No invaders. That’s how most gardeners and enthusiastic landscapers feel about their flower beds and lawns. Weeds and crabgrass are not allies. Off with their heads!
But it’s not always so easy to control weeds, dandelions and other pesky growth in outdoor spaces. Dandelions easily spread in the wind, while many weeds use animal dispersion to travel and grow. Crabgrass is tough, too. Even if you mow it, quarter-inch tall crabgrass can produce seeds and spread.
So how do we choose the right weed killer or herbicide? We’ll walk you through what you need to know before trying to eliminate any weeds.
Types of weed killers
- Selective weed killers: If you have beautiful landscaping or a flower bed you’re looking to protect, choosing a selective weed killer might be the best route for you. Selective weed killers are designed so they eradicate weeds but not beneficial plants. They aren’t always perfect, but they do a great job helping maintain lawns and gardens.
- Nonselective weed killers: Do you have weeds popping up from cracks in the driveway or sidewalks? Maybe there’s unwanted growth in areas around your patio or along your fence? A nonselective weed killer is perfect. For example, Green Gobbler 20% Vinegar Weed & Grass Killer quickly removes dandelions, crabgrass, and perennial weeds from unwanted areas. Unlike some traditional weed killers, Green Gobbler uses a biodegradable formula that’s derived from corn. Weeds will wilt in 24 hours.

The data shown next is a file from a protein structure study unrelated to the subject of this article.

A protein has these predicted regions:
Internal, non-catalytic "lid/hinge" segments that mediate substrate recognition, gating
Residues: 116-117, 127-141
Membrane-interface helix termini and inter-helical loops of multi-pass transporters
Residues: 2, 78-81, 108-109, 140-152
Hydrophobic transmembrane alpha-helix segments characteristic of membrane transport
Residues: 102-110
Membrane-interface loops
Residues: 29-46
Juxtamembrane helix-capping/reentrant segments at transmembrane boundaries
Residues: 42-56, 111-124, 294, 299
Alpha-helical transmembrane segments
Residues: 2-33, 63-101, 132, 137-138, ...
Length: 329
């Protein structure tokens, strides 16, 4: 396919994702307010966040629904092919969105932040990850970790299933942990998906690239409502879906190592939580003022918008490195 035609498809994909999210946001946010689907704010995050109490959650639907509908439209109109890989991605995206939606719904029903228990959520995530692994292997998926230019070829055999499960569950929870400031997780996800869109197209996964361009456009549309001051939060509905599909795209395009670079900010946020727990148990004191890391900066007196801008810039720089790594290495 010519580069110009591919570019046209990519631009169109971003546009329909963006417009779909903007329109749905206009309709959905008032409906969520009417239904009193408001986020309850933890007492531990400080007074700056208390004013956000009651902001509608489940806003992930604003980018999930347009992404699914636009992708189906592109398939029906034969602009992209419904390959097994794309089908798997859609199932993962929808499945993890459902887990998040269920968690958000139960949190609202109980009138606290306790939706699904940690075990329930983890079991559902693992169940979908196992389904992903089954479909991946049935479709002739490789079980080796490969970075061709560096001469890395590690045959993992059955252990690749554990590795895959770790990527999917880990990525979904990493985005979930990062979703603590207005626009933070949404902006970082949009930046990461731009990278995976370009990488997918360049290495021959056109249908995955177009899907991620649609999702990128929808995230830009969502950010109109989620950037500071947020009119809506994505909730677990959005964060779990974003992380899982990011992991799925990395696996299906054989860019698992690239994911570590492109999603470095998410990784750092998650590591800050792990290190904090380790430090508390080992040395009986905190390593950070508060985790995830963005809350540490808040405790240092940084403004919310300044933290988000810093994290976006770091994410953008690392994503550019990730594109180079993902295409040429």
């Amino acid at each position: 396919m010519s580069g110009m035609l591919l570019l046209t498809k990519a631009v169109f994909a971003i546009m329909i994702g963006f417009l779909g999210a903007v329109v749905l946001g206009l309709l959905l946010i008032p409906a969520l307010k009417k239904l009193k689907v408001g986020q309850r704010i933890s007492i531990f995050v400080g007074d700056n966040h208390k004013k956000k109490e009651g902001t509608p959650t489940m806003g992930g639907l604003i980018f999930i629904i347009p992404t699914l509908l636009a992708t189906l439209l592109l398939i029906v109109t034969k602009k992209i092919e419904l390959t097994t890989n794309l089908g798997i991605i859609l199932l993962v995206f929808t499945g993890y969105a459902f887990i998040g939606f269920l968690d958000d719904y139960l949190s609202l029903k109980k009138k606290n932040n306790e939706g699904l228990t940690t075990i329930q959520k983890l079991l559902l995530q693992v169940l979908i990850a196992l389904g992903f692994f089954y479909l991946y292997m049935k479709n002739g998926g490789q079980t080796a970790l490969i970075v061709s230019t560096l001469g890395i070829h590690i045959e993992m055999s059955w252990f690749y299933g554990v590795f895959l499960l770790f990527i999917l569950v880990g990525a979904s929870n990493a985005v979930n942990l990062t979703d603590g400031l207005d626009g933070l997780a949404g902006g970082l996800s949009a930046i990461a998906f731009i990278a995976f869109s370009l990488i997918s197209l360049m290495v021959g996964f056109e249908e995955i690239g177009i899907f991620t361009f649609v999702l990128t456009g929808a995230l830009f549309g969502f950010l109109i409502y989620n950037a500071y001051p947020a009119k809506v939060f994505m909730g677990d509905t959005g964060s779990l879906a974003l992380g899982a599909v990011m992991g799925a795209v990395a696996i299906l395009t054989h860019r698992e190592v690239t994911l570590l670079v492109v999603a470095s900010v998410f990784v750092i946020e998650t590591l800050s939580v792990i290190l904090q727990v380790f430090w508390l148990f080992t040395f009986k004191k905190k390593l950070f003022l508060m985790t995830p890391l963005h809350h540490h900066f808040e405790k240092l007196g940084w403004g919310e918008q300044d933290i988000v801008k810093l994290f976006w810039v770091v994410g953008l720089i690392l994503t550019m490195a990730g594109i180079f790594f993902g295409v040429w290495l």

- Residual weed killers: These products prevent weeds from germinating and spreading in the following seasons. Typically, most people apply a pre-emergent herbicide or residual weed killer in the early spring. However, it should be noted these types of products prevent the germination of seeds from favorable plants, too.
What else should I know about weed killers?
Healthy lawns and gardens can prevent the spread of weeds. That’s because healthy plants grow big and strong to form a base that’s hard for weeds to break into. We recommend checking your outdoor areas frequently to see if any small weed patches are developing. If you see a small patch, you can try pulling by hand.
When is the best time to pull weeds?
If you’re pulling weeds by hand, wait until there’s good rain. It’s easier to pull weeds from damp soil. However, don’t wait too long. It’s best to remove weeds before they produce seeds. That’s why checking your outdoor spaces frequently is crucial.